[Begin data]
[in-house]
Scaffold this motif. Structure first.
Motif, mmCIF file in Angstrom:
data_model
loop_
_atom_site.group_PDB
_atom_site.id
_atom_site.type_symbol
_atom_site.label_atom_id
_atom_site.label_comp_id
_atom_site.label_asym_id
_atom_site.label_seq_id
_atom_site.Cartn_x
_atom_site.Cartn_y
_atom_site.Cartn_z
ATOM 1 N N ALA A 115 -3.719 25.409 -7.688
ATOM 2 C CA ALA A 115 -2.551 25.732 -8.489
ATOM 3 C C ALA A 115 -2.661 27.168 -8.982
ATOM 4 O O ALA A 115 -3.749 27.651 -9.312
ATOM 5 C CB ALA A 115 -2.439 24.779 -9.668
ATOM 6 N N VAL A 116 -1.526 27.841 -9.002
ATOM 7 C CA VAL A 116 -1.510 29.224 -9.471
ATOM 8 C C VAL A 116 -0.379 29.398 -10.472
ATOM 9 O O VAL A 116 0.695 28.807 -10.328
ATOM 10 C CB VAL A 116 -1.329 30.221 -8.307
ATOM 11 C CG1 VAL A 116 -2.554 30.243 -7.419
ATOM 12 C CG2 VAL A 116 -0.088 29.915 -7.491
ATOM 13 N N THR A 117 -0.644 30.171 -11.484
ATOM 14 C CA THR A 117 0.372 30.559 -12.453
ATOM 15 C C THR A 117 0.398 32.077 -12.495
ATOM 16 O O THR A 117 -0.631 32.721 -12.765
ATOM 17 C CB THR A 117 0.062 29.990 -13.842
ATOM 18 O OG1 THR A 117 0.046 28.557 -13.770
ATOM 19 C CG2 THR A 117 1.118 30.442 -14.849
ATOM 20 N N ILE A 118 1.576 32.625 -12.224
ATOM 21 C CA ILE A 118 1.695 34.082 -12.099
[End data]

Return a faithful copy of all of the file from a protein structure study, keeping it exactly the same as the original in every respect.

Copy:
[in-house]
Scaffold this motif. Structure first.
Motif, mmCIF file in Angstrom:
data_model
loop_
_atom_site.group_PDB
_atom_site.id
_atom_site.type_symbol
_atom_site.label_atom_id
_atom_site.label_comp_id
_atom_site.label_asym_id
_atom_site.label_seq_id
_atom_site.Cartn_x
_atom_site.Cartn_y
_atom_site.Cartn_z
ATOM 1 N N ALA A 115 -3.719 25.409 -7.688
ATOM 2 C CA ALA A 115 -2.551 25.732 -8.489
ATOM 3 C C ALA A 115 -2.661 27.168 -8.982
ATOM 4 O O ALA A 115 -3.749 27.651 -9.312
ATOM 5 C CB ALA A 115 -2.439 24.779 -9.668
ATOM 6 N N VAL A 116 -1.526 27.841 -9.002
ATOM 7 C CA VAL A 116 -1.510 29.224 -9.471
ATOM 8 C C VAL A 116 -0.379 29.398 -10.472
ATOM 9 O O VAL A 116 0.695 28.807 -10.328
ATOM 10 C CB VAL A 116 -1.329 30.221 -8.307
ATOM 11 C CG1 VAL A 116 -2.554 30.243 -7.419
ATOM 12 C CG2 VAL A 116 -0.088 29.915 -7.491
ATOM 13 N N THR A 117 -0.644 30.171 -11.484
ATOM 14 C CA THR A 117 0.372 30.559 -12.453
ATOM 15 C C THR A 117 0.398 32.077 -12.495
ATOM 16 O O THR A 117 -0.631 32.721 -12.765
ATOM 17 C CB THR A 117 0.062 29.990 -13.842
ATOM 18 O OG1 THR A 117 0.046 28.557 -13.770
ATOM 19 C CG2 THR A 117 1.118 30.442 -14.849
ATOM 20 N N ILE A 118 1.576 32.625 -12.224
ATOM 21 C CA ILE A 118 1.695 34.082 -12.099